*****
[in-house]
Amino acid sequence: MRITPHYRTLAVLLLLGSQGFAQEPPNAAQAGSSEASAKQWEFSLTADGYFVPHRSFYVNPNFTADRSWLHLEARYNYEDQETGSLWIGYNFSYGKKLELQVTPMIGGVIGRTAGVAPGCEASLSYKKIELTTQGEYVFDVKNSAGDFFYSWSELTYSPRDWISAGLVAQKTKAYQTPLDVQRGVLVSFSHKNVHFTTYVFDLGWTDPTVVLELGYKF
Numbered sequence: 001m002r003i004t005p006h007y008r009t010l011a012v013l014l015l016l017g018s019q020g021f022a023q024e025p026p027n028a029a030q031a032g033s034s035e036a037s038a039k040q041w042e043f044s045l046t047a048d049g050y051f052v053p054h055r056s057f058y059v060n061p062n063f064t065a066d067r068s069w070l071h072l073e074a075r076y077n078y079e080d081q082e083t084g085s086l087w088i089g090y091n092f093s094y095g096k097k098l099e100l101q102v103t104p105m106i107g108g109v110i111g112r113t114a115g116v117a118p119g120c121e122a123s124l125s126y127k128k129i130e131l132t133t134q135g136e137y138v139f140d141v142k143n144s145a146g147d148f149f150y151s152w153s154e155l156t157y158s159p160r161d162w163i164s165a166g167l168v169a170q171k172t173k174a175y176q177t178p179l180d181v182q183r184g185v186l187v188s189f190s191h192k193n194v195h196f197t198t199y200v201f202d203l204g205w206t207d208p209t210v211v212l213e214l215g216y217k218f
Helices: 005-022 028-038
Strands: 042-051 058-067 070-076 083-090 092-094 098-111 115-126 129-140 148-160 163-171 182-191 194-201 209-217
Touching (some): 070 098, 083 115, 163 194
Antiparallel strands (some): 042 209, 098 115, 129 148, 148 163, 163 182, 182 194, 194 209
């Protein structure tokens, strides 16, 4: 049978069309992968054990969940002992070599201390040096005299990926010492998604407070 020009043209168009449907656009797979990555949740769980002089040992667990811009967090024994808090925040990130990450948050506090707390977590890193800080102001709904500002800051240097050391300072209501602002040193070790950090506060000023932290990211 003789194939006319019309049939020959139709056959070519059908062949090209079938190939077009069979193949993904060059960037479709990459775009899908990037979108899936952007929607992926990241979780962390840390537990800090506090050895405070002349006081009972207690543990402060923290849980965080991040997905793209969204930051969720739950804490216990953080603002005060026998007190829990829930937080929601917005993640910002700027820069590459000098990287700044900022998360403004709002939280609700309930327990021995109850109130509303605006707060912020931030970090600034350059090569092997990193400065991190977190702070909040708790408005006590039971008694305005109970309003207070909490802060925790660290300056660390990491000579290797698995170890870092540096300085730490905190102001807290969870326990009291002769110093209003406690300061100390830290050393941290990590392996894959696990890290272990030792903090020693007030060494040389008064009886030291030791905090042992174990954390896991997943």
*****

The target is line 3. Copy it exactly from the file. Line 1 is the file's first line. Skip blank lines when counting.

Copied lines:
Numbered sequence: 001m002r003i004t005p006h007y008r009t010l011a012v013l014l015l016l017g018s019q020g021f022a023q024e025p026p027n028a029a030q031a032g033s034s035e036a037s038a039k040q041w042e043f044s045l046t047a048d049g050y051f052v053p054h055r056s057f058y059v060n061p062n063f064t065a066d067r068s069w070l071h072l073e074a075r076y077n078y079e080d081q082e083t084g085s086l087w088i089g090y091n092f093s094y095g096k097k098l099e100l101q102v103t104p105m106i107g108g109v110i111g112r113t114a115g116v117a118p119g120c121e122a123s124l125s126y127k128k129i130e131l132t133t134q135g136e137y138v139f140d141v142k143n144s145a146g147d148f149f150y151s152w153s154e155l156t157y158s159p160r161d162w163i164s165a166g167l168v169a170q171k172t173k174a175y176q177t178p179l180d181v182q183r184g185v186l187v188s189f190s191h192k193n194v195h196f197t198t199y200v201f202d203l204g205w206t207d208p209t210v211v212l213e214l215g216y217k218f